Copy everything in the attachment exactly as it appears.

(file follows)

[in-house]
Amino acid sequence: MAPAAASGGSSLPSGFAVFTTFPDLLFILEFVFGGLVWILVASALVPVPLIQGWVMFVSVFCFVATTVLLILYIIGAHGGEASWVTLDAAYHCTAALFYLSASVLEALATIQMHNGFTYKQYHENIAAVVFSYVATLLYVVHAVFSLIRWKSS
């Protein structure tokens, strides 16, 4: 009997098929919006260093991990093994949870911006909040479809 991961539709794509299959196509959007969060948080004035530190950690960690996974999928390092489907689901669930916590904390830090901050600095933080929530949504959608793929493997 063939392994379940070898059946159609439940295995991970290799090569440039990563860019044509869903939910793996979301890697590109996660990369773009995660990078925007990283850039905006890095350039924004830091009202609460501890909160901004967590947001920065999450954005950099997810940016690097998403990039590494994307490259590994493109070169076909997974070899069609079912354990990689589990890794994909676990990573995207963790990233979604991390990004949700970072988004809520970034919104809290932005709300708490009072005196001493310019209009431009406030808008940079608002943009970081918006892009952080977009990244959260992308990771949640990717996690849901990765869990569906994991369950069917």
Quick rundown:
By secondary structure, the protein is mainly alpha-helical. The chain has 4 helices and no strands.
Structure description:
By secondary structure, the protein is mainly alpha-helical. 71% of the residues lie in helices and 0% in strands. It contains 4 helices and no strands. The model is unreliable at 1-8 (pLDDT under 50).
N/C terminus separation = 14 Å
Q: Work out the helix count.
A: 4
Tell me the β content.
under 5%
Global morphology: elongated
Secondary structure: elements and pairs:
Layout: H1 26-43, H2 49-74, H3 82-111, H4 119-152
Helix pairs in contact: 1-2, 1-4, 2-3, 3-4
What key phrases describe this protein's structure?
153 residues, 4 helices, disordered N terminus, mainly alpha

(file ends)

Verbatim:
[in-house]
Amino acid sequence: MAPAAASGGSSLPSGFAVFTTFPDLLFILEFVFGGLVWILVASALVPVPLIQGWVMFVSVFCFVATTVLLILYIIGAHGGEASWVTLDAAYHCTAALFYLSASVLEALATIQMHNGFTYKQYHENIAAVVFSYVATLLYVVHAVFSLIRWKSS
């Protein structure tokens, strides 16, 4: 009997098929919006260093991990093994949870911006909040479809 991961539709794509299959196509959007969060948080004035530190950690960690996974999928390092489907689901669930916590904390830090901050600095933080929530949504959608793929493997 063939392994379940070898059946159609439940295995991970290799090569440039990563860019044509869903939910793996979301890697590109996660990369773009995660990078925007990283850039905006890095350039924004830091009202609460501890909160901004967590947001920065999450954005950099997810940016690097998403990039590494994307490259590994493109070169076909997974070899069609079912354990990689589990890794994909676990990573995207963790990233979604991390990004949700970072988004809520970034919104809290932005709300708490009072005196001493310019209009431009406030808008940079608002943009970081918006892009952080977009990244959260992308990771949640990717996690849901990765869990569906994991369950069917």
Quick rundown:
By secondary structure, the protein is mainly alpha-helical. The chain has 4 helices and no strands.
Structure description:
By secondary structure, the protein is mainly alpha-helical. 71% of the residues lie in helices and 0% in strands. It contains 4 helices and no strands. The model is unreliable at 1-8 (pLDDT under 50).
N/C terminus separation = 14 Å
Q: Work out the helix count.
A: 4
Tell me the β content.
under 5%
Global morphology: elongated
Secondary structure: elements and pairs:
Layout: H1 26-43, H2 49-74, H3 82-111, H4 119-152
Helix pairs in contact: 1-2, 1-4, 2-3, 3-4
What key phrases describe this protein's structure?
153 residues, 4 helices, disordered N terminus, mainly alpha